The New England Patriots will play the Buffalo Bills for a third time this season, thanks to the former not being able to take care of business with losses in three of their last four games. On paper, the wild card matchup against Buffalo looks like a bad one for New England; the Bills are a team that is constructed to dominate the passing game on both sides of the ball.
The good news for the Patriots is the weather will level the playing field a bit, as the forecast projects single-digit temperatures with a wind chill expected to sub-zero. Games in that type of weather turn into physical battles of attrition, something I expect the Patriots to be able to endure a bit more than the Bills despite the fact they play at home and in worse weather this time of year.
As of Saturday morning, the Patriots find themselves as five-point road underdogs to a Bills team that has competed tough against the best the AFC has to offer but also has a few shocking losses to lesser opponents on its résumé. For what it’s worth Buffalo has been a more dominant team on the road compare to playing at home.
So with that said, here is our four-step plan for a New England victory.
No. 1: Challenge the Bills’ physicality early in the run game
Ironically enough, the Bills are not built for physical football. It is possibly their one fatal flaw, which showed up against the Indianapolis Colts and the Patriots earlier in the season.
Dealing with major wind that was sure to force teams out of the air, the Patriots were able to successfully run on the Bills to the tune of 230 rushing yards on 46 non-kneeling runs. There was some success on the ground in the second meeting with the team — Damien Harris racked up 100 yards in both contests — but the Patriots fell behind the score early in Week 16 and allowed the Bills to dictate the terms of how the game was to be played.
In these cold temperatures, both teams will be tested mentally to see if they can bring that toughness to a cold and physical environment. If the game will come down to physicality and toughness, the Patriots are very much in position to pull off an upset.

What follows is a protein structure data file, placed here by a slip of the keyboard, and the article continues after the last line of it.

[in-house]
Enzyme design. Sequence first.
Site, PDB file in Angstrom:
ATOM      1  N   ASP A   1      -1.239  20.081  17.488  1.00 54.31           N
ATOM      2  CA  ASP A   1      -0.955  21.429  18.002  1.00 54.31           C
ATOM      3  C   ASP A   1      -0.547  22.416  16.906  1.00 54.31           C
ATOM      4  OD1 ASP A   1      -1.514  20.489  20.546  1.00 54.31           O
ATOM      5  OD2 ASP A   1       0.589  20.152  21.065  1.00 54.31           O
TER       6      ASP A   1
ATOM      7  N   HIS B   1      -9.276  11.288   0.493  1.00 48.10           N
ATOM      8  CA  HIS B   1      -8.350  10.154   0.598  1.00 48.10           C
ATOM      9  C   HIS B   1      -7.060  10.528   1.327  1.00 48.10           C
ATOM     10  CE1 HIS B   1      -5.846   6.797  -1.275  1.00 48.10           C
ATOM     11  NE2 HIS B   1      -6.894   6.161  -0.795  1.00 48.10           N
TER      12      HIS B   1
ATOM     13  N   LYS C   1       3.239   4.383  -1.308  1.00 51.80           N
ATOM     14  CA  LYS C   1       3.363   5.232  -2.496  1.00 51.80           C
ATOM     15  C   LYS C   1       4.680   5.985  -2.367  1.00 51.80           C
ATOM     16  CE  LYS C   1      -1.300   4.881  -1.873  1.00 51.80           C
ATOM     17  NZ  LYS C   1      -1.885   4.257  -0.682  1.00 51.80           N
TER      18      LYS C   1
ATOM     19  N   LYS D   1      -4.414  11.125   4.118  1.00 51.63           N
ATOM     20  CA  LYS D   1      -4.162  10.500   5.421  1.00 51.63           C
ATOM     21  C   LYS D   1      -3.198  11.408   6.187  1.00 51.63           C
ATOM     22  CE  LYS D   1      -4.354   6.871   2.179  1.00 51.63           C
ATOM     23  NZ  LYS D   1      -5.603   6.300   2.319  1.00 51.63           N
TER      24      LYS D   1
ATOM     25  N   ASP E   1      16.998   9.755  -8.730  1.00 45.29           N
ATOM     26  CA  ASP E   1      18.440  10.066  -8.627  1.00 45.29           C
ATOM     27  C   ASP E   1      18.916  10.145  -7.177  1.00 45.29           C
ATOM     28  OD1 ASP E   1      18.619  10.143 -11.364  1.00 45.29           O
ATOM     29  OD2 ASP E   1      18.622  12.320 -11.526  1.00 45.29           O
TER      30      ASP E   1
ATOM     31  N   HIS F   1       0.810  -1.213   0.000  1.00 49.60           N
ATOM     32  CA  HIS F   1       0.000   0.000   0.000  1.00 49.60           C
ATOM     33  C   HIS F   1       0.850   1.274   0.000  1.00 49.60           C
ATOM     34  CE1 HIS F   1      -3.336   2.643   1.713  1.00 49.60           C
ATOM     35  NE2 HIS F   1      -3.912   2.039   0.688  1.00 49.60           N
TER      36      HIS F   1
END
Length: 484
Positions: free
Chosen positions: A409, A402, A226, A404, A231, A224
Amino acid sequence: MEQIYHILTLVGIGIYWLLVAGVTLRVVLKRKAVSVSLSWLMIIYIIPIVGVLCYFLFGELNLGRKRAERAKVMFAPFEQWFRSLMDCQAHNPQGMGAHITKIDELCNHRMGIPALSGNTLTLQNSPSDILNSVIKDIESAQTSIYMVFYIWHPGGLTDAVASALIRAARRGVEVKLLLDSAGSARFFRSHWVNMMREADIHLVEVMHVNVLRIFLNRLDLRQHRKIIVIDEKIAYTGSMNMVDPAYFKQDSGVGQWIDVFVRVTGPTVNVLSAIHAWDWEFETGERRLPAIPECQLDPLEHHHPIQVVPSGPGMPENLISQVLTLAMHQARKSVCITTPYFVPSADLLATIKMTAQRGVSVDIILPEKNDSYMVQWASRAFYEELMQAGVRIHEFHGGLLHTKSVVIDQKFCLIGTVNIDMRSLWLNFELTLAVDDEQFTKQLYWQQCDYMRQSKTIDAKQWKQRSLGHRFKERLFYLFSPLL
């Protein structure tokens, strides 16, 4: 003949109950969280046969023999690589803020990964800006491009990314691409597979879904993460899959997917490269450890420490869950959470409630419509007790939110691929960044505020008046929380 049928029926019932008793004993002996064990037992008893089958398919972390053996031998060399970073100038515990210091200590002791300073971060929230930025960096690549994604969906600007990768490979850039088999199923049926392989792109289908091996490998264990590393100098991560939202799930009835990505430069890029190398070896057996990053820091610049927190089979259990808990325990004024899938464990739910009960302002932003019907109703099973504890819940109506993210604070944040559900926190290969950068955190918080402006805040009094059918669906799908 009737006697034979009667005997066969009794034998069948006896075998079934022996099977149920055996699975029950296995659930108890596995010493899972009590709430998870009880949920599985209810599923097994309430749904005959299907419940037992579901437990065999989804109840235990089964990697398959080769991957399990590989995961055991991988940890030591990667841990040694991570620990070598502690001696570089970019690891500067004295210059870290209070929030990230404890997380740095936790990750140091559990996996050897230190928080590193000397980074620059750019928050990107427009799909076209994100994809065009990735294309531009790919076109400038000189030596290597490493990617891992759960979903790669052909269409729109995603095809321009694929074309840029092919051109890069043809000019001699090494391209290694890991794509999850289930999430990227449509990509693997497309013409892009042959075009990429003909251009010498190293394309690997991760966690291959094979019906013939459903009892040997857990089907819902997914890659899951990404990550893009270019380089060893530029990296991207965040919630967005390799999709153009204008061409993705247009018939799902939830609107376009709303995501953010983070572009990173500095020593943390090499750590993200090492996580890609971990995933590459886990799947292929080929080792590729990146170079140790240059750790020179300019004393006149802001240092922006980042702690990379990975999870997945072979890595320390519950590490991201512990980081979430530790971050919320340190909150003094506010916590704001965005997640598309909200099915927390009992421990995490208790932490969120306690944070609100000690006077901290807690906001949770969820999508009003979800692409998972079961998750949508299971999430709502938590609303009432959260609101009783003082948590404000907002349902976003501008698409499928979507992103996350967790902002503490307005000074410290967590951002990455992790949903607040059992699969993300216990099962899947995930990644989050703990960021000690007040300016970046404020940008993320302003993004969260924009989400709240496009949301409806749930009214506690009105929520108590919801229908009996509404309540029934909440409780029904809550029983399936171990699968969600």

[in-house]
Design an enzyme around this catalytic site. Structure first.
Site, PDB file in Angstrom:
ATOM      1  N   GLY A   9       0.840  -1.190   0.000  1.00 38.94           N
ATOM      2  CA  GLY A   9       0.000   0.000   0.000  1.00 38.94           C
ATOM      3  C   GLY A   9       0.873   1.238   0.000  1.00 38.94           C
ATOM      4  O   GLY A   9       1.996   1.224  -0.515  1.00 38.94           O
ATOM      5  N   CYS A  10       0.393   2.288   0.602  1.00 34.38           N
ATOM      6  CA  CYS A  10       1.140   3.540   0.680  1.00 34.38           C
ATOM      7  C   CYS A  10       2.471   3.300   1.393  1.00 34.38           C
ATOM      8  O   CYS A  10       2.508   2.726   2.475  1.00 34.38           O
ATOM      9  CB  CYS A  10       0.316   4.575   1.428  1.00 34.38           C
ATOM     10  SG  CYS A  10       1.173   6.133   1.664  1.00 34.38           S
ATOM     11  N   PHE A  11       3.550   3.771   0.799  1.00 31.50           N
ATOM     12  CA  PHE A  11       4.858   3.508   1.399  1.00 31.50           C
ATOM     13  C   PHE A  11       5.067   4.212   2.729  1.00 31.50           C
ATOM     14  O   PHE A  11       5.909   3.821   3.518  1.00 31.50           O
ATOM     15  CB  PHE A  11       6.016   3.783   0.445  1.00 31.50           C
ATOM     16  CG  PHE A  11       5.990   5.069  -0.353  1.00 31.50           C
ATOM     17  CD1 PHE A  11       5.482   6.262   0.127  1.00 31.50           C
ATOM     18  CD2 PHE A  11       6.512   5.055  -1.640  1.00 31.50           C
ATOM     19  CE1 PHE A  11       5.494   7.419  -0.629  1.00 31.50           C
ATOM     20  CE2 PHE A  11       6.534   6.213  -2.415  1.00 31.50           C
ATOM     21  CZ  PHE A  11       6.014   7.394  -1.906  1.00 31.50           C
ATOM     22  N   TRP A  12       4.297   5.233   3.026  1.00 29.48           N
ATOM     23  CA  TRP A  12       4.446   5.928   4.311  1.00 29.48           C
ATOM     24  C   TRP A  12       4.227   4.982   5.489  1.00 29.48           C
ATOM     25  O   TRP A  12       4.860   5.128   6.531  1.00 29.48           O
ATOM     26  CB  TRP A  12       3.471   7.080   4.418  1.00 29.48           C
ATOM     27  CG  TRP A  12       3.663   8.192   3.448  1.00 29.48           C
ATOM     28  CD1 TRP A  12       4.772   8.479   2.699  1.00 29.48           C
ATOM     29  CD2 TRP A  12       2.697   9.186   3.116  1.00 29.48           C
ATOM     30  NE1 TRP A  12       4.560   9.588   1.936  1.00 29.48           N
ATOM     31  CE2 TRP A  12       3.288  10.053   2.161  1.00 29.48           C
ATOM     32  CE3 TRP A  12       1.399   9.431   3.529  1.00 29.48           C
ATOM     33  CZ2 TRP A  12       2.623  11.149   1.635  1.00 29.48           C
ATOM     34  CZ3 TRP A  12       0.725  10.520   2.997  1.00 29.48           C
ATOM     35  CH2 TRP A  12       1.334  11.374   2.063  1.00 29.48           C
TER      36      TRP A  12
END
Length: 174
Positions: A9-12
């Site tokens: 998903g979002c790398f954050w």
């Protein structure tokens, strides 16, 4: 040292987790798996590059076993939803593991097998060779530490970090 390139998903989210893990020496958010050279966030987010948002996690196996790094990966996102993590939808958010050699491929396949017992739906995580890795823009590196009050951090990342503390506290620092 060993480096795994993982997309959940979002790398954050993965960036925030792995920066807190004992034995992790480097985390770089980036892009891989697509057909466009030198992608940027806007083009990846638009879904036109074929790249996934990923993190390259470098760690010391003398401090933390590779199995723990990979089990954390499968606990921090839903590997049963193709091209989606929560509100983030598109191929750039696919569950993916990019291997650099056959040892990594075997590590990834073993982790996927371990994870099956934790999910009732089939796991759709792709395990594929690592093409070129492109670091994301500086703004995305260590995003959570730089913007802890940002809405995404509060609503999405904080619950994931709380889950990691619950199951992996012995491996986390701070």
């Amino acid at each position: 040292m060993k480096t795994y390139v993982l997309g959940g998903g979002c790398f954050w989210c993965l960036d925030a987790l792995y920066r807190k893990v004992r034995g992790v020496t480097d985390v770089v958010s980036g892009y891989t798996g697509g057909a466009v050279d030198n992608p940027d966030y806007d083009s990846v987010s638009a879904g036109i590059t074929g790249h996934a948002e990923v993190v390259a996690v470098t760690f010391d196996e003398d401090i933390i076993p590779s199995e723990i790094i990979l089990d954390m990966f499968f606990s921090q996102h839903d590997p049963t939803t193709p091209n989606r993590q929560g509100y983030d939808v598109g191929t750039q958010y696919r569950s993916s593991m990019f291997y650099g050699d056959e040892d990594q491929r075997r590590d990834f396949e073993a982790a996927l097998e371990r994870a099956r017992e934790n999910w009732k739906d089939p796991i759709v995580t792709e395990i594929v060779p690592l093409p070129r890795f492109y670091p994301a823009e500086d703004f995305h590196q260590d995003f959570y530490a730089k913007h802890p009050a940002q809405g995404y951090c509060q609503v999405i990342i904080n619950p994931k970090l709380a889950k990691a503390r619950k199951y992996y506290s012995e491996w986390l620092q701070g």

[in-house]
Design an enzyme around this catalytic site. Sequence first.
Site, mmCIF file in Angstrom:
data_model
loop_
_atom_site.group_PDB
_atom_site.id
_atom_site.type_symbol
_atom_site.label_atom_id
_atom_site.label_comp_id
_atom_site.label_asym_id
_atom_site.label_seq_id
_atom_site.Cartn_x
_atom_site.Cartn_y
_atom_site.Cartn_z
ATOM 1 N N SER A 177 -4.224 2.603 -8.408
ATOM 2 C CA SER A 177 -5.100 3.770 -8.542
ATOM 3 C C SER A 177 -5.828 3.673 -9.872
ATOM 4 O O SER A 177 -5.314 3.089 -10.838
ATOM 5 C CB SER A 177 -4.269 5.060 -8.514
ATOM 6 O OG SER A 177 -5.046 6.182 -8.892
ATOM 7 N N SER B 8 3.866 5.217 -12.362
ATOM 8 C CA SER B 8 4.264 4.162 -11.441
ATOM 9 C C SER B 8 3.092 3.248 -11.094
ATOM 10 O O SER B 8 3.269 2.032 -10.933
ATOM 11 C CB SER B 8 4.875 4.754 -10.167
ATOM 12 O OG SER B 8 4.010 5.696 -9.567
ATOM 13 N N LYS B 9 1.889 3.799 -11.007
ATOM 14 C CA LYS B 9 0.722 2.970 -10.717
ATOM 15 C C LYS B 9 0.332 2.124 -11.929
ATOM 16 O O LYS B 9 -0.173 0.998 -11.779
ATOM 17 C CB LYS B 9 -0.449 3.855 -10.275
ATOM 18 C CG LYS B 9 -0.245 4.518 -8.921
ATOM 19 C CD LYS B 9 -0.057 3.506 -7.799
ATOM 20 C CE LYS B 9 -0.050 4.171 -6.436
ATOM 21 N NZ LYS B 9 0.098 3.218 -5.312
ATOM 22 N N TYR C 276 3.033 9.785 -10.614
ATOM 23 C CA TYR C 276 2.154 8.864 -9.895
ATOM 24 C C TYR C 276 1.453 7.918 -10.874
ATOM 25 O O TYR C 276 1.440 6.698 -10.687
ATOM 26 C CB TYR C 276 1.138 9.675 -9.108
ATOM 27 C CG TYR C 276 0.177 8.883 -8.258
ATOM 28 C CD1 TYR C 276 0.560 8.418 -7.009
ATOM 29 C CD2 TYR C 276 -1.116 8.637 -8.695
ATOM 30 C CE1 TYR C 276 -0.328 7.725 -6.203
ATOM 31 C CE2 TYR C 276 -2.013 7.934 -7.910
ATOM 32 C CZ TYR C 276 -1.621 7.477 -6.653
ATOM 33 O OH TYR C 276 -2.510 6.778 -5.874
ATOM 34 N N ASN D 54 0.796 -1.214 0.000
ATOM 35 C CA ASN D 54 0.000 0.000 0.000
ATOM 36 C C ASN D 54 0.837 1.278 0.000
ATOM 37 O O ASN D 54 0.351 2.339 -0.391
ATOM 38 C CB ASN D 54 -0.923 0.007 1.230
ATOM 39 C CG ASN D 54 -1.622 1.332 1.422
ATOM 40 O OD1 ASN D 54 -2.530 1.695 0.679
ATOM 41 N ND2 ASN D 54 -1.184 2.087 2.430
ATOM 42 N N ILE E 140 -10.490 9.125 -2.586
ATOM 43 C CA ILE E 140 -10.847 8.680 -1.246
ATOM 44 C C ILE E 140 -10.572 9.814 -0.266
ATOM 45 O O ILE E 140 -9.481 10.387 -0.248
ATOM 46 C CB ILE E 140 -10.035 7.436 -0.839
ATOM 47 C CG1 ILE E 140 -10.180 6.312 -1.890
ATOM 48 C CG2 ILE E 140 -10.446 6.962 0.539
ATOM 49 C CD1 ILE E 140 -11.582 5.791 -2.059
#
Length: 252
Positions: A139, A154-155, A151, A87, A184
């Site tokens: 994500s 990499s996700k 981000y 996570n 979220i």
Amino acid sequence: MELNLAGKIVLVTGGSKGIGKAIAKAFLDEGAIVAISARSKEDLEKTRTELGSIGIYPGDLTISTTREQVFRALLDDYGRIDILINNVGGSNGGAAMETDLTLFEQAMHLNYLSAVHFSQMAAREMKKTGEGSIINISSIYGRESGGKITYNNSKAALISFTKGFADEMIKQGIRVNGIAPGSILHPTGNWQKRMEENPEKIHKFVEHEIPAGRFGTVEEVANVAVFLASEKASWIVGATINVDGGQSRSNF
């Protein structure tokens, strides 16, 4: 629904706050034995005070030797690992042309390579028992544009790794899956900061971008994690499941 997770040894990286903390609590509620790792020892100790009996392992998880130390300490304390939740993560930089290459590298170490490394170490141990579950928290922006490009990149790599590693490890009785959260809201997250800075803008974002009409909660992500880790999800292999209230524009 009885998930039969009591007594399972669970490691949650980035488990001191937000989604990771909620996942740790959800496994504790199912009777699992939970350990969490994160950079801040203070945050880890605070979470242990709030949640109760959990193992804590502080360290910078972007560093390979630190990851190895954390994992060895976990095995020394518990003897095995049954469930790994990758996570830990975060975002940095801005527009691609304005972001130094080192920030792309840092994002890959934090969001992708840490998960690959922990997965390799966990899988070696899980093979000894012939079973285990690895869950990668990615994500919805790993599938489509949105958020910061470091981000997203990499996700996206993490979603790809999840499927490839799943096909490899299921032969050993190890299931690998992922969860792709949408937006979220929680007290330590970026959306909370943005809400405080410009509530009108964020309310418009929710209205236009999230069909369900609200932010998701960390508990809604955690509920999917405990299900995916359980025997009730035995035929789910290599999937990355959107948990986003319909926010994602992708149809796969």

New England will need both Damien Harris and Rhamondre Stevenson going early with some help from Jakob Johnson and six-offensive line formations to take the fight straight to the Bills. The Patriots will need to win the time of possession in this game in order to be able to limit the number of chances Buffalo quarterback Josh Allen has to put points up on the board.
If there is one area the Patriots have been more successful at attacking in the run game, it’s been the perimeter of the Bills defense. The Patriots were able to get some big runs outside in both matchups, including Harris’ 64-yarder in the first game that started off left tackle. Unfortunately that left tackle, Isaiah Wynn, is out for this game and his backup, Justin Herron, looked terrible filling in against the Miami Dolphins.
Wynn’s absence could be a major concern for the offensive line.
No. 2: Make the Bills offense have to slowly march down the field
30 years ago, Bill Belichick faced a similar dilemma he will face on Saturday. In 1990, the New York Giants were a good defensive team hallmarked by Hall of Famers that also struggled to field an offense by the end of the season due to injuries. They had to go up against a Bills team with an elite passing offense, the K-Gun.
The Giants were still able to narrowly defeat the Bills in Super Bowl XXV. How did they do it? Their offense taking the air out of the ball with a 20-minute time of possession victory was the key, as was a defense that took away the passing game at the expense of Thurman Thomas having more room to run against lighter personnel groupings.
The 2021 Bills are not too dissimilar to that 1990 squad on both sides of the ball. Josh Allen has developed into one of the NFL’s most electric quarterbacks thanks to his Howitzer of a throwing arm combined with good speed and athleticism as a runner that presents a challenge for any opposing defense. The Patriots have seen a lot of that recently, with Allen putting up 34 and 33 points in two of his last three games against New England.
Both games completely got out of hand as the defense simply was unable to make stops in those losses.